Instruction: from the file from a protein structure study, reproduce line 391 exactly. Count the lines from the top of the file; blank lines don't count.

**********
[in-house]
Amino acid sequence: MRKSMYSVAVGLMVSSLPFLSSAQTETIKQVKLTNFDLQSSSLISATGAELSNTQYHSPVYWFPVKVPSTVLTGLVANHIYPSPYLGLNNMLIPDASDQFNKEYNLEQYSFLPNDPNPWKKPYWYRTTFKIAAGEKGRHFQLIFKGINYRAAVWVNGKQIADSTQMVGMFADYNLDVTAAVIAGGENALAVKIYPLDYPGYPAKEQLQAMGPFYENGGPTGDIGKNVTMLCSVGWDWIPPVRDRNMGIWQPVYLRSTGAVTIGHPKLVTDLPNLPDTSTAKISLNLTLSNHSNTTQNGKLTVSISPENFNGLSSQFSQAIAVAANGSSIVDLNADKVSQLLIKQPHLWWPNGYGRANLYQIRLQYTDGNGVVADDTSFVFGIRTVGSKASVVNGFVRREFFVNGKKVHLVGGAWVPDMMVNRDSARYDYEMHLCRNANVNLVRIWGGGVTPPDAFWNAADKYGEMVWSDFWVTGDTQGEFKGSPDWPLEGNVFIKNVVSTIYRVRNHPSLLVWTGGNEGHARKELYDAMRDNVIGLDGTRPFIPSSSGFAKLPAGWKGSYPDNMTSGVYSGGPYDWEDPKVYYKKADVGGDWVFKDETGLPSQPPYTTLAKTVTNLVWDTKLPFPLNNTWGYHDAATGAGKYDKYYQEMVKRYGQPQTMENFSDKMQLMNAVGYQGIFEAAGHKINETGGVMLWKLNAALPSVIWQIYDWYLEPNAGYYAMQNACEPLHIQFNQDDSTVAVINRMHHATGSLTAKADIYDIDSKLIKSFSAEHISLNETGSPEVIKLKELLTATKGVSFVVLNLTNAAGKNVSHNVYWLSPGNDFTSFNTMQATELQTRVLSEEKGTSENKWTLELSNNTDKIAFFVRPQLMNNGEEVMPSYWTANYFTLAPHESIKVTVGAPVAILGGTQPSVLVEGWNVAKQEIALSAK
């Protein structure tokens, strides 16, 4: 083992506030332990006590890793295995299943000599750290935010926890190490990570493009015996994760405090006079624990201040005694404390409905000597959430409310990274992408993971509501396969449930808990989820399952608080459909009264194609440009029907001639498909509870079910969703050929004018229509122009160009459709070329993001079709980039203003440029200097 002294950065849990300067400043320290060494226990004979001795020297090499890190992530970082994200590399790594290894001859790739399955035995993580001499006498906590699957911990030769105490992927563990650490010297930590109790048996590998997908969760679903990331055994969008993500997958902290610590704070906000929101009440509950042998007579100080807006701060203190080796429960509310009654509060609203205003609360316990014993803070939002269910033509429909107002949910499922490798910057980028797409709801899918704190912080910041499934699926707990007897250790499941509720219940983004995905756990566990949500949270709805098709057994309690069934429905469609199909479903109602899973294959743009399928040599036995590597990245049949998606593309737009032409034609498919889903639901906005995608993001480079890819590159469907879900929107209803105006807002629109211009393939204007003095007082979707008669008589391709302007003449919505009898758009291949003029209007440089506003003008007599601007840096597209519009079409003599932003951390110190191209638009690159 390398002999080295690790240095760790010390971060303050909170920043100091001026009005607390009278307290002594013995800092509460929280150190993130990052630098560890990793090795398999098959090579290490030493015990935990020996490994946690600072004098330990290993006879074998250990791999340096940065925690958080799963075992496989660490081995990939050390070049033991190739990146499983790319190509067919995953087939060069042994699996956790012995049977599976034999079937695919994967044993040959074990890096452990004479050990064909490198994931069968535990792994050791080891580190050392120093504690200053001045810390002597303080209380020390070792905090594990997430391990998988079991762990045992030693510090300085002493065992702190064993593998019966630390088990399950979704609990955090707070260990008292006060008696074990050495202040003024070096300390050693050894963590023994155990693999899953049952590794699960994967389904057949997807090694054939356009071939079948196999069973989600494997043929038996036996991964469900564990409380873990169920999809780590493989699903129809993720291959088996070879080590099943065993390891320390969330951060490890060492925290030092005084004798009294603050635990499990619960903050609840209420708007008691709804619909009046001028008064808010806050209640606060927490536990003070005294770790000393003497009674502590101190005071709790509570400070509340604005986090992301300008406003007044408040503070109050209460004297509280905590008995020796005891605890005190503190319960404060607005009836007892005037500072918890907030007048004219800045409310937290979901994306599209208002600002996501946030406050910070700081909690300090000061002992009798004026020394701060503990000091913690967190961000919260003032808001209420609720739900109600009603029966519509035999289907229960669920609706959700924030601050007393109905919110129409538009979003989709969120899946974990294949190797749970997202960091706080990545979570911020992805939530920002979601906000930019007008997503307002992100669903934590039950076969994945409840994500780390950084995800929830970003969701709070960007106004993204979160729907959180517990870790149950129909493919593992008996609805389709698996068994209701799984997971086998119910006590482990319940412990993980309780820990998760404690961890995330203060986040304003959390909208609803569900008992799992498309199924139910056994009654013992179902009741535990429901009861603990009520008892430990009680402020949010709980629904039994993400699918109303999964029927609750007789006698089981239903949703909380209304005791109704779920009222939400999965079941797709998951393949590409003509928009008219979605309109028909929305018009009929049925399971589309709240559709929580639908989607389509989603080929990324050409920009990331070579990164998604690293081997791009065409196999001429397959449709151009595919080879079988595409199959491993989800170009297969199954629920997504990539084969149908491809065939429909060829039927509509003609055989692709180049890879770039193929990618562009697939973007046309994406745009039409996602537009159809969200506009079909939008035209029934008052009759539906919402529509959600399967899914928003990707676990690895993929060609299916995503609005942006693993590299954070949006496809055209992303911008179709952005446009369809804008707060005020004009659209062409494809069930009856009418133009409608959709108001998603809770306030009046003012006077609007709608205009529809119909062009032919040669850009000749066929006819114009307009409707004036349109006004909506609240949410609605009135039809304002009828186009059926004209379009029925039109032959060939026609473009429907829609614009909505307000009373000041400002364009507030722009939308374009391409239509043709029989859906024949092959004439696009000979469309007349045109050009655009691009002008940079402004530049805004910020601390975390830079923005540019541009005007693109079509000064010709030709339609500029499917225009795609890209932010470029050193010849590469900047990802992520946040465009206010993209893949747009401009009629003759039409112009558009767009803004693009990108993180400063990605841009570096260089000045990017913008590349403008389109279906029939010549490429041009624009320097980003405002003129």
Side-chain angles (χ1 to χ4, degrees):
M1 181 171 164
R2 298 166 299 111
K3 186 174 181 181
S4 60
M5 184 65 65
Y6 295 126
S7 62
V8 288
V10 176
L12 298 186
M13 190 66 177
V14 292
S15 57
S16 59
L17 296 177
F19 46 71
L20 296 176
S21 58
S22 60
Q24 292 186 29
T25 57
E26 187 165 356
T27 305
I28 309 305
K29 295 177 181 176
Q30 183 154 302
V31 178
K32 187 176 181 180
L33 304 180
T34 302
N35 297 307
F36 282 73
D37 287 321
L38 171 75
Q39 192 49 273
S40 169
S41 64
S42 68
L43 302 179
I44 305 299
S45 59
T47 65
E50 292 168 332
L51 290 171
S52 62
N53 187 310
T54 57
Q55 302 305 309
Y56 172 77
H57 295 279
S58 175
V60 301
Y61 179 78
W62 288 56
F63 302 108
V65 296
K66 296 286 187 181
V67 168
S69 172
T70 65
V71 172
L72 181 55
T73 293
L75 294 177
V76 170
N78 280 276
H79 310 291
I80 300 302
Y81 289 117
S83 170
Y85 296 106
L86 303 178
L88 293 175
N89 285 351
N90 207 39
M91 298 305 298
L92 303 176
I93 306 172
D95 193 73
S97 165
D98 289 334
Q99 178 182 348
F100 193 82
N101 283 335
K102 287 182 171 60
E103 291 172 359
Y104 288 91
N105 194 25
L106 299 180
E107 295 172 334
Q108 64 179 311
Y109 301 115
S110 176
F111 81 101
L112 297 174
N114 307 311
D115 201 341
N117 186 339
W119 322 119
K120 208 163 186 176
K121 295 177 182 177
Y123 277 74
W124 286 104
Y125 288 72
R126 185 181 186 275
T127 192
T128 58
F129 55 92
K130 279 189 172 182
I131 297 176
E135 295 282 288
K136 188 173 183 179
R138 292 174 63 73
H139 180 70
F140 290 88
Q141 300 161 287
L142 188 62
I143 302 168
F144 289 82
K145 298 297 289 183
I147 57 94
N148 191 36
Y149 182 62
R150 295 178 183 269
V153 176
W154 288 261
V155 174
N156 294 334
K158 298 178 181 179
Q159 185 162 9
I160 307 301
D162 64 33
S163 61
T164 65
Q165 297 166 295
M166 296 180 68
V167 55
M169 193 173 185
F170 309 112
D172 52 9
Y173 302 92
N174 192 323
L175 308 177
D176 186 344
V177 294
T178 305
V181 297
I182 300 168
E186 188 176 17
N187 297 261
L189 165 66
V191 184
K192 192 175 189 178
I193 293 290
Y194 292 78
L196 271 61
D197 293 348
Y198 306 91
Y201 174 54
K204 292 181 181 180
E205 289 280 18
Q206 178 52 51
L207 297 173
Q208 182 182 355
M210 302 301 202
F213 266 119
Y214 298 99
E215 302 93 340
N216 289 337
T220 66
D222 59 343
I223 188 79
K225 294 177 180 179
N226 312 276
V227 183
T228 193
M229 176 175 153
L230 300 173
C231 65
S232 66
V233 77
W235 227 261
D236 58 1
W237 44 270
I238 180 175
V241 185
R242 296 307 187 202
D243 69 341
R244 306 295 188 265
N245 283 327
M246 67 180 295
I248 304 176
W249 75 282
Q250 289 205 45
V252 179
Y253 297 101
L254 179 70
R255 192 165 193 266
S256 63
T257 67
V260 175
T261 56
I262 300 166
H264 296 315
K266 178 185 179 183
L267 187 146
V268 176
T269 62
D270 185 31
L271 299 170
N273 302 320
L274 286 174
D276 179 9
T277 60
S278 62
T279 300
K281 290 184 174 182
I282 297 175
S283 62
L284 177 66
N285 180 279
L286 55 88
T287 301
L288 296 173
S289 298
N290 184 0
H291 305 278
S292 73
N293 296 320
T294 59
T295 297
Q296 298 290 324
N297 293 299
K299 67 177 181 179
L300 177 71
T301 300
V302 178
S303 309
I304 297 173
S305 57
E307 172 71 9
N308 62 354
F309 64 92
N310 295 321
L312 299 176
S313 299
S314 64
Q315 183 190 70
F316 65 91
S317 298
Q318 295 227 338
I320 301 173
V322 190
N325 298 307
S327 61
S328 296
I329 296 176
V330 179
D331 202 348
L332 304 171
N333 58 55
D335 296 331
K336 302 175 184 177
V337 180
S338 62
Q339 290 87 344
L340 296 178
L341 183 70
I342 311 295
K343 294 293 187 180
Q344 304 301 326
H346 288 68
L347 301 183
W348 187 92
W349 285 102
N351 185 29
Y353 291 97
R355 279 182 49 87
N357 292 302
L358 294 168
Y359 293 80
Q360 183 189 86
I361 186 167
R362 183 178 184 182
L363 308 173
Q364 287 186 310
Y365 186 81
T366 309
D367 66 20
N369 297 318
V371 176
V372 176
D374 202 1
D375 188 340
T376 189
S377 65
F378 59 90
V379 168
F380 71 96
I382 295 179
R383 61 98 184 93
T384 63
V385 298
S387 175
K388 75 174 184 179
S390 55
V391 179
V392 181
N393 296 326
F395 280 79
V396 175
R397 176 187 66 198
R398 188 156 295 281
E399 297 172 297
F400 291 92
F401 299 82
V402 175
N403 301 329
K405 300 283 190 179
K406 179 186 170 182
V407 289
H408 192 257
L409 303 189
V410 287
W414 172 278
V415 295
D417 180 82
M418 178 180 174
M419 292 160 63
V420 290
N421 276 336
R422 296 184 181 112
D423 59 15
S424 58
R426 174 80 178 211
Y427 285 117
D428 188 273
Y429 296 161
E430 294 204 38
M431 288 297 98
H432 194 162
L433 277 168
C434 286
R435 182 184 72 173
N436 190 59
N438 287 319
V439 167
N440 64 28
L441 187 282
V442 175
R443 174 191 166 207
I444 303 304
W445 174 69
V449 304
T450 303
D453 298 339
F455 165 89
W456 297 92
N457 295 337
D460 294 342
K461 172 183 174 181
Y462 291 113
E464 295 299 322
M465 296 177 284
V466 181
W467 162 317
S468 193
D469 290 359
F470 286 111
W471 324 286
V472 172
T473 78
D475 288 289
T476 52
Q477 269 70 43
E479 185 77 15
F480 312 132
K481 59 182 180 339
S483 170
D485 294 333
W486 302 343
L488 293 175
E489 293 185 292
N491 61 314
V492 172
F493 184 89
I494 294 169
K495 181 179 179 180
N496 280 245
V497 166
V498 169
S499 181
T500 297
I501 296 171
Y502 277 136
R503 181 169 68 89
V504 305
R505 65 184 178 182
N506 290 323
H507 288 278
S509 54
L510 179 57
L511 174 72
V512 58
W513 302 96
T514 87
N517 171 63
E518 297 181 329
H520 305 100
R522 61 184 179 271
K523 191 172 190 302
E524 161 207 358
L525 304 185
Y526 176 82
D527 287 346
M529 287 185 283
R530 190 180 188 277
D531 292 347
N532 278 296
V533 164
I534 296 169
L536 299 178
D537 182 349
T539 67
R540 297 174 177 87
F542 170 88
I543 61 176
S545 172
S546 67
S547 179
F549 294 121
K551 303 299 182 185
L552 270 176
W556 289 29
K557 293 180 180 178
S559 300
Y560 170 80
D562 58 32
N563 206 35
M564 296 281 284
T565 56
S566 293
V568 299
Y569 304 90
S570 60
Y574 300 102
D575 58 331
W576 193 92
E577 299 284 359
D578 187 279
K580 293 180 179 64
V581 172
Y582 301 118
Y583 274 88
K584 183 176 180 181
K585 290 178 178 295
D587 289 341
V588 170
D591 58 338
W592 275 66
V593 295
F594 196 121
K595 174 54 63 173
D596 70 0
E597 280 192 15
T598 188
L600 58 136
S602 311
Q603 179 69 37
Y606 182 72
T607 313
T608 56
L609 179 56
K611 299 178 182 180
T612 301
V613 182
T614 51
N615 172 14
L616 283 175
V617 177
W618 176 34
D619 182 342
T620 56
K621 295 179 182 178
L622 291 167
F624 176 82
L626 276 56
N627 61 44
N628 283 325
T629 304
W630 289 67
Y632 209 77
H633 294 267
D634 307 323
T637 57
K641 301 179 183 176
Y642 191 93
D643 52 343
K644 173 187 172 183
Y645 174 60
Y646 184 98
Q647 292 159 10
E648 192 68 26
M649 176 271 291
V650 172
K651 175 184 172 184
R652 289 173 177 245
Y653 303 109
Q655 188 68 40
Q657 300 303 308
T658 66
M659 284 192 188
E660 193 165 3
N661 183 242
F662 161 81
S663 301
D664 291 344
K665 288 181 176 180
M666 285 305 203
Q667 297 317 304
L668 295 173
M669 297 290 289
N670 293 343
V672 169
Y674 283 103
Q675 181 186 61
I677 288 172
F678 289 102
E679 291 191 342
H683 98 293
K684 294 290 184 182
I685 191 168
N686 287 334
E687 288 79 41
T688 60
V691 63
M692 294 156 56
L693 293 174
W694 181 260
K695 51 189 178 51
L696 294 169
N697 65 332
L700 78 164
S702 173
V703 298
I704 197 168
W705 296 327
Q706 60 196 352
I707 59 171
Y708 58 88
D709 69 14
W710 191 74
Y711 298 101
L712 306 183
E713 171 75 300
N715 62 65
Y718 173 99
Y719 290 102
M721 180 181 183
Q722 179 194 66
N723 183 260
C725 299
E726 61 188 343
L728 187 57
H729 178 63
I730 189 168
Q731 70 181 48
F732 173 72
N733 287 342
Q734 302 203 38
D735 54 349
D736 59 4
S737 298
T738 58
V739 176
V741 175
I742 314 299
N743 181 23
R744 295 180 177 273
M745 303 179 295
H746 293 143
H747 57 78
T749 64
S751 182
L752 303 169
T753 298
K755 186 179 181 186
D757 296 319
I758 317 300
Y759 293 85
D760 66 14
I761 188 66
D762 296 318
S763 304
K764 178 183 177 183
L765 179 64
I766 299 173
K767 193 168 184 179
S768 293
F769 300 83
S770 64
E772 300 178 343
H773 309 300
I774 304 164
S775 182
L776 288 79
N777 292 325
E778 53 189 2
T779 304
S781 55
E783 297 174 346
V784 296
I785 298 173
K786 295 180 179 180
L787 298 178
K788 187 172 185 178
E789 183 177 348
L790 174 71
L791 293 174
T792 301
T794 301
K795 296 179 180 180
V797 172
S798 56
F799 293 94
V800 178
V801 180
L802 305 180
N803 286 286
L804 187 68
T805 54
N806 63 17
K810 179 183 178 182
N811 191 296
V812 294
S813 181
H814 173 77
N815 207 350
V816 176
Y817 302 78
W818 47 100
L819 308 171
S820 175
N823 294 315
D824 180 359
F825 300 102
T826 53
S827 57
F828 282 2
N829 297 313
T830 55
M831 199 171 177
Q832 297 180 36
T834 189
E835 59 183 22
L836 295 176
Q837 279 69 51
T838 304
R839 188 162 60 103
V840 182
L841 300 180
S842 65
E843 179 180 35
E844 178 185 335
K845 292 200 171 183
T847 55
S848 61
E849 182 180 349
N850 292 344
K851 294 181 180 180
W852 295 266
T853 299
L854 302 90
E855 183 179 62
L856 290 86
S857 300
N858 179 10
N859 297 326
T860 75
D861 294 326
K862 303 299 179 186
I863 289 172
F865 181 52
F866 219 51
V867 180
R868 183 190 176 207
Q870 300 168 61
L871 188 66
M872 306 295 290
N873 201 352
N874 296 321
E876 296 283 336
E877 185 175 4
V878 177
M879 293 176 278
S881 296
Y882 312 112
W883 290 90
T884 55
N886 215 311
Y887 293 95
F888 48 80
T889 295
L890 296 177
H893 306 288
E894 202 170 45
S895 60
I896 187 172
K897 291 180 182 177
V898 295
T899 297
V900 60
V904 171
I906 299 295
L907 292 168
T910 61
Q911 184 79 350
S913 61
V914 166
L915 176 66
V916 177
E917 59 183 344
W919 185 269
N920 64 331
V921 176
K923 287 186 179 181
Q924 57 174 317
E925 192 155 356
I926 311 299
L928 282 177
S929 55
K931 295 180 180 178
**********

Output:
I494 294 169